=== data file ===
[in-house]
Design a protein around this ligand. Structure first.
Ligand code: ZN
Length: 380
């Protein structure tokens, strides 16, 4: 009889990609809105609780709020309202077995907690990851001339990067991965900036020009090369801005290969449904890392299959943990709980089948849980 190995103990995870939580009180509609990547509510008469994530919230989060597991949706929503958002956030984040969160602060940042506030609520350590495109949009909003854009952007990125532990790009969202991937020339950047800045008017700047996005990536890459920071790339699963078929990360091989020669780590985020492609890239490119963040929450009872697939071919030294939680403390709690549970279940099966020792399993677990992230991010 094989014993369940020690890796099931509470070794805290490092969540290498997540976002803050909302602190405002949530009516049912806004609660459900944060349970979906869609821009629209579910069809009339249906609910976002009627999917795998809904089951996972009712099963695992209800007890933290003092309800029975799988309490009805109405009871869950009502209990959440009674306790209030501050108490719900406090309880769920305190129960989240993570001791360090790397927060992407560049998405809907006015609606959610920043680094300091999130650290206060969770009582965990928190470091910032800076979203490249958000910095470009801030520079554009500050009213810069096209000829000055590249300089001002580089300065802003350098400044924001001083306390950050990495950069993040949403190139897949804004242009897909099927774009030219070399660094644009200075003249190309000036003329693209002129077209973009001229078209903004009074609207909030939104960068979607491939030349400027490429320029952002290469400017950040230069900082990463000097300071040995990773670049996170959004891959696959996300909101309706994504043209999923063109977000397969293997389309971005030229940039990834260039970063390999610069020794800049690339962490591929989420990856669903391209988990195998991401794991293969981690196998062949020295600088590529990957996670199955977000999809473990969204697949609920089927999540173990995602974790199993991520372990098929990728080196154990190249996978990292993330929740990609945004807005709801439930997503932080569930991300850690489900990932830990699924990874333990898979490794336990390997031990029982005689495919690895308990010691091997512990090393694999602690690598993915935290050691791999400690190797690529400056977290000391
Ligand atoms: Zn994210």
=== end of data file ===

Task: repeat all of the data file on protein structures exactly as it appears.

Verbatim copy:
[in-house]
Design a protein around this ligand. Structure first.
Ligand code: ZN
Length: 380
């Protein structure tokens, strides 16, 4: 009889990609809105609780709020309202077995907690990851001339990067991965900036020009090369801005290969449904890392299959943990709980089948849980 190995103990995870939580009180509609990547509510008469994530919230989060597991949706929503958002956030984040969160602060940042506030609520350590495109949009909003854009952007990125532990790009969202991937020339950047800045008017700047996005990536890459920071790339699963078929990360091989020669780590985020492609890239490119963040929450009872697939071919030294939680403390709690549970279940099966020792399993677990992230991010 094989014993369940020690890796099931509470070794805290490092969540290498997540976002803050909302602190405002949530009516049912806004609660459900944060349970979906869609821009629209579910069809009339249906609910976002009627999917795998809904089951996972009712099963695992209800007890933290003092309800029975799988309490009805109405009871869950009502209990959440009674306790209030501050108490719900406090309880769920305190129960989240993570001791360090790397927060992407560049998405809907006015609606959610920043680094300091999130650290206060969770009582965990928190470091910032800076979203490249958000910095470009801030520079554009500050009213810069096209000829000055590249300089001002580089300065802003350098400044924001001083306390950050990495950069993040949403190139897949804004242009897909099927774009030219070399660094644009200075003249190309000036003329693209002129077209973009001229078209903004009074609207909030939104960068979607491939030349400027490429320029952002290469400017950040230069900082990463000097300071040995990773670049996170959004891959696959996300909101309706994504043209999923063109977000397969293997389309971005030229940039990834260039970063390999610069020794800049690339962490591929989420990856669903391209988990195998991401794991293969981690196998062949020295600088590529990957996670199955977000999809473990969204697949609920089927999540173990995602974790199993991520372990098929990728080196154990190249996978990292993330929740990609945004807005709801439930997503932080569930991300850690489900990932830990699924990874333990898979490794336990390997031990029982005689495919690895308990010691091997512990090393694999602690690598993915935290050691791999400690190797690529400056977290000391
Ligand atoms: Zn994210």